Climate change mitigation (Spain)
Why should we care about this issue
- Climate change
Spain is highly vulnerable to climate change, a threat that can seriously affect the availability of water resources, biodiversity and natural ecosystems, erosion, declining state of coasts and human health linked to rising temperatures and extreme weather events.
Responses to climate change focus on two major challenges:
- Climate change mitigation: Achieved by halting the build-up of greenhouse gases in the atmosphere by reducing emissions and capturing emitted gases in sinks.
- Climate change adaptation: Achieved by minimising the associated hazards and impacts.
The key drivers and pressures
The key drivers that are related to Spain's contribution to global GHG emissions are a significant population growth and an accelerated process of economic and social development in the country in recent years. As a result of these, the following drivers having a pressure on GHG emissions have also been identified: energy consumption, electricity generation and transport demand.
Final energy consumption by sector
A steady growth in energy consumption has been recorded since 1990, though in 2007 there were a trend change. In 2009 final energy consumption in Spain was 97,776 ktoe, 7.4 % lower than in 2008.
It should be noted that the significant improvement that has been recorded in energy intensity (energy consumption per unit of GDP) between 2004 and 2009 (-14.5 %), can be ascribed to energy efficiency policies and to the increased renewable energy sources in the energy system.
Electricity generation and renewable energy
The trend in energy generation in Spain is characterised by a decrease in the use of coal, oil and nuclear energy and by a rise in the use of natural gas and renewable sources. Electricity generated from renewable sources exceeded electricity produced by nuclear power in 2007 and overtook electricity generated from coal in 2008. In 2009, renewable energy accounted for 24.7 % of the electricity generated in Spain.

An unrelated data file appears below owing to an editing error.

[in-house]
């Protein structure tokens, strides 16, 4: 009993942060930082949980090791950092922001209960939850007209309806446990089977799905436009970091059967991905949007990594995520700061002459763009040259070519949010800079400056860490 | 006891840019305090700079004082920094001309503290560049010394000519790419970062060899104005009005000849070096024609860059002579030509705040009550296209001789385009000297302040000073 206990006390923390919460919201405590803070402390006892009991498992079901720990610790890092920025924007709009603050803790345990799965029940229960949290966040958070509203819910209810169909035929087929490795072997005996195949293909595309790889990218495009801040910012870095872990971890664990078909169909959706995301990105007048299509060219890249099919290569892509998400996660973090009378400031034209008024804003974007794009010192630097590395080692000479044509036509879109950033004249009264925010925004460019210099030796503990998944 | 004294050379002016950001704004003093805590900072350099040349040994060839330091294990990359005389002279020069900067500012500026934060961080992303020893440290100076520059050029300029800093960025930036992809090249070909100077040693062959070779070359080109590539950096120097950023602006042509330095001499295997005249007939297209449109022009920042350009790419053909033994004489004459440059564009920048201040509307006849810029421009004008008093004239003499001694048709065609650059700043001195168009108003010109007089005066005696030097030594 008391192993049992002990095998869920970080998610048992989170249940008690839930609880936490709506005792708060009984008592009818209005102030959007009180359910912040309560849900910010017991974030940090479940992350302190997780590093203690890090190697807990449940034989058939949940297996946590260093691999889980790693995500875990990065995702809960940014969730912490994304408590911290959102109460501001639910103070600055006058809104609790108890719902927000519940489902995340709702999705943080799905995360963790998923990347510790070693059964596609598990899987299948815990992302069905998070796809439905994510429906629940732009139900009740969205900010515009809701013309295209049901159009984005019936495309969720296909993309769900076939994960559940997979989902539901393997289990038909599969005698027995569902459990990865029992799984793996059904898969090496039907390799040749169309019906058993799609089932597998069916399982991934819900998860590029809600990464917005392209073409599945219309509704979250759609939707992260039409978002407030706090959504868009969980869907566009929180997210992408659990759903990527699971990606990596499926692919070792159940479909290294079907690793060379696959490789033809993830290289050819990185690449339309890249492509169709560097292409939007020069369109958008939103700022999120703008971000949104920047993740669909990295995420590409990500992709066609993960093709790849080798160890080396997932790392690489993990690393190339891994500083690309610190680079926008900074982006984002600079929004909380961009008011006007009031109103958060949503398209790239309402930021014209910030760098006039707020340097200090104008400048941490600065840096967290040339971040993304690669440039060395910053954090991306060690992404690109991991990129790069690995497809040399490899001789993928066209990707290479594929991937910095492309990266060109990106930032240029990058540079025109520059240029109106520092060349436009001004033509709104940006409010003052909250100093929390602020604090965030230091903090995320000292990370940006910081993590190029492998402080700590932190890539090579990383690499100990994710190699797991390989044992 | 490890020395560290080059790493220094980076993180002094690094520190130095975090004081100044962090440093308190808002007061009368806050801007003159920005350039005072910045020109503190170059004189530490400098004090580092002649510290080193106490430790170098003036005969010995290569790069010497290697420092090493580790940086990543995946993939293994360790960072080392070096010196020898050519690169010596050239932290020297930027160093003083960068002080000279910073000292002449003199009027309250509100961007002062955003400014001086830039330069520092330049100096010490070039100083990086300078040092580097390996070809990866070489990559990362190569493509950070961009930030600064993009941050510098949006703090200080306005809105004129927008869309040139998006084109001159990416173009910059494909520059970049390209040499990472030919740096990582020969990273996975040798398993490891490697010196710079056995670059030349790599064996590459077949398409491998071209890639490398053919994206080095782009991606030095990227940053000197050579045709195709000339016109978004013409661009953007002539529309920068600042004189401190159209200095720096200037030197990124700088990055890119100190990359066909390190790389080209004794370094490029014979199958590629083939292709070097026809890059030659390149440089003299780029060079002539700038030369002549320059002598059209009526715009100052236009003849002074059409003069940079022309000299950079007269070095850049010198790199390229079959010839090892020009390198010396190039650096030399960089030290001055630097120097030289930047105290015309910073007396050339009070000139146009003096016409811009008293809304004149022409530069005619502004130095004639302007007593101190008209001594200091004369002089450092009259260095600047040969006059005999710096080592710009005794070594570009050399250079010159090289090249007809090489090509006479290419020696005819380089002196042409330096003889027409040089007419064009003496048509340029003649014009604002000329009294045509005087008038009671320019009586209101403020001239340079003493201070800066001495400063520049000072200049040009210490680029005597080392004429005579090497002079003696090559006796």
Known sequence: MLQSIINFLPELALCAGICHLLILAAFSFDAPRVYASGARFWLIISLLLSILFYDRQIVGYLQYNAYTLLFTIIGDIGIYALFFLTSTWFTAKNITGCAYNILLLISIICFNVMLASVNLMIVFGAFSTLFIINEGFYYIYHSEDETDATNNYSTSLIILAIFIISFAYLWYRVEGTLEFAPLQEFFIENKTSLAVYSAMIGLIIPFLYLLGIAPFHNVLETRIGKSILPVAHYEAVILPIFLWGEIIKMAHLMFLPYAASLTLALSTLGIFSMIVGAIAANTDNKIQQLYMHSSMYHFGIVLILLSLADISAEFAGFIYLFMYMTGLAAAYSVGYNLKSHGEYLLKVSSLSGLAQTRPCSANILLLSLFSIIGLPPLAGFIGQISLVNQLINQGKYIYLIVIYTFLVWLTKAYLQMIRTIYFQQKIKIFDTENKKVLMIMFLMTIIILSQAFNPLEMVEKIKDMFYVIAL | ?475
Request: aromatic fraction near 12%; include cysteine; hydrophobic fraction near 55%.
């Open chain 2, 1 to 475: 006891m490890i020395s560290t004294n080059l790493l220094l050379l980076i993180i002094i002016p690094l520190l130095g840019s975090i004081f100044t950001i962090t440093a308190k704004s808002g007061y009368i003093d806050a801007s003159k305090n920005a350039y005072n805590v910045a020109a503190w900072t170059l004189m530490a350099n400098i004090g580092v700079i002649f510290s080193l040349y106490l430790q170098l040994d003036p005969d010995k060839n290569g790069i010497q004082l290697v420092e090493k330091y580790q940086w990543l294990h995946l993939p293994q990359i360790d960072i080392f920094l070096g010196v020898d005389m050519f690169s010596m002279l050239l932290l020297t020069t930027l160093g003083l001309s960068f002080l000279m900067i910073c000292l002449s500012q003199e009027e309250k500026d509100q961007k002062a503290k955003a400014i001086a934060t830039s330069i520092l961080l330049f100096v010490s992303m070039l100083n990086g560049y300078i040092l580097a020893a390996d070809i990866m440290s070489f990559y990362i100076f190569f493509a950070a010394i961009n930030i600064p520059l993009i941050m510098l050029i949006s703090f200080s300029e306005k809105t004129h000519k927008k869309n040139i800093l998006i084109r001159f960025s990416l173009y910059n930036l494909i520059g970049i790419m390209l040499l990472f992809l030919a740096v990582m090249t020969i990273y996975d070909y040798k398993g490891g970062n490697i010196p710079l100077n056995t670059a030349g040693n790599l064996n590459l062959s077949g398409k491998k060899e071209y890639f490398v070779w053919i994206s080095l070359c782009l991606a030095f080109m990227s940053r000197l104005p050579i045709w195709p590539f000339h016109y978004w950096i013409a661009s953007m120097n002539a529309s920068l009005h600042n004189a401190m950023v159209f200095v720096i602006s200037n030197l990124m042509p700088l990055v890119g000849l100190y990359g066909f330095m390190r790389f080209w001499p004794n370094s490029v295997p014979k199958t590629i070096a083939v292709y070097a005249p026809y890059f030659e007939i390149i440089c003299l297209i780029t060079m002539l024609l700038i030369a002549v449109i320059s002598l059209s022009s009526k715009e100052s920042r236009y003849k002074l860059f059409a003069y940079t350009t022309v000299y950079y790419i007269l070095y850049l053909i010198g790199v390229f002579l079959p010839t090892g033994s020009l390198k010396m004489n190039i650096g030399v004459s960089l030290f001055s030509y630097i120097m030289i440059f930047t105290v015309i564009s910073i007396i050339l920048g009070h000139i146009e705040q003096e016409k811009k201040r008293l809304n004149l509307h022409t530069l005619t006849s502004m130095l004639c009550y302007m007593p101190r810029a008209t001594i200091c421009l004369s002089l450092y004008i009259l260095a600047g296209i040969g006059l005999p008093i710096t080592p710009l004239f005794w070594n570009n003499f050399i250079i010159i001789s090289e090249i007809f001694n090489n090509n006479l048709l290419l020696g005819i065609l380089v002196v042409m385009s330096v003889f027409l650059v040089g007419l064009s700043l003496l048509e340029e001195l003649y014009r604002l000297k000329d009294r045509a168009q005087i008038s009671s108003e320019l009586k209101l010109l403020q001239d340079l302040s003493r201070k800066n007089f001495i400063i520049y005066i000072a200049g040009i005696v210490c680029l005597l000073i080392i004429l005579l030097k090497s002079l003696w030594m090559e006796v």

Spain has heavily committed to a policy of renewable energy projects and by 2010 the share of renewable in the country is expected to be 12 % of final energy and 30 % of electricity generation, and by 2020, 22 % and 42 % respectively.
Transport accounts near of 40 % of the total national energy consumption and is one of the main drivers of growth in GHG emissions. Characterised by a modal imbalance, with predominance of road transport (90 % in passenger transport and 83 % in freight transport in 2008) and by the strong demand growth in recent years, transport increase has been favoured by the recorded both population and economy growths. This has led to an intercity passenger transport raise of 94.4 % and also to an increase in transport freight by 86.5 % between 1990 and 2008.
Total GHG emissions
GHG emissions in Spain have seen a significant growth in recent years, in a context of major economic expansion, with increases in GDP above the European average which overflowed the projections made. However, in the last five years there has been a period of stabilisation, and even of decline in 2008, reaching a total of 405,740 kt CO2-eq (+40 % compared to the base year of the Kyoto Protocol), 7.5 % below the previous year. For 2009 the forecast is a further reduction, overcoming +28.5 % from base year of Kyoto.
The pollutant split reveals that, in 2008, CO2 accounted for 83.2 % of total emissions. It was followed in terms of volume by CH4 with 8.9 % and N2O with 6.2 %. Fluorinated gases contributed just 1.7 % of the total.
SPAIN'S SITUATION WITHIN THE EU IN TERMS OF GHG EMISSIONS IN 2008
In 2008, Spain accounted for 8.2 % of the EU-27 total GHG emissions and was the fifth-biggest contributor.
GHG emissions per inhabitant stood at 8.96 t of CO2-eq in 2008, which positioned Spain 19th in the EU-27 ranking. This figure is below the EU-27 and EU-15 averages (9.92 t of CO2-eq/inhab in the EU-27 and 10.07 t of CO2-eq/inhab. in the EU-15).
In 2008, Spain was also positioned 18th in the EU-27 in terms of emissions intensity (measured as the ratio between GHG emissions and GDP): for each unit of GDP (each euro produced), Spain emitted 373 g of CO2-eq. For each unit of GDP produced in the EU-27, 395 g of CO2-eq were emitted, while in the EU-15 this volume stood at345 g of CO2-eq.
Source: EEA greenhouse gas data viewer (http://dataservice.eea.europa.eu/PivotApp/pivot.aspx?pivotid=475)
GHG emissions by sector
Energy processing (including transport) generates a significant proportion of emissions, followed by agriculture, industrial processes, waste treatment and disposal and, finally, solvent use. The contribution made by energy processing and waste treatment has increased since 1990, while that made by the other sectors has stabilised or diminished.
- Spanish Ministry of the Environment and Rural and Marine Affairs (MARM), various years. Environmental Profile of Spain. Indicator-based report. http://www.mma.es/portal/secciones/calidad_contaminacion/indicadores_ambientales/
- MARM, 2010. Spanish Inventory System. http://www.mma.es/portal/secciones/calidad_contaminacion/atmosfera/emisiones/inventario.htm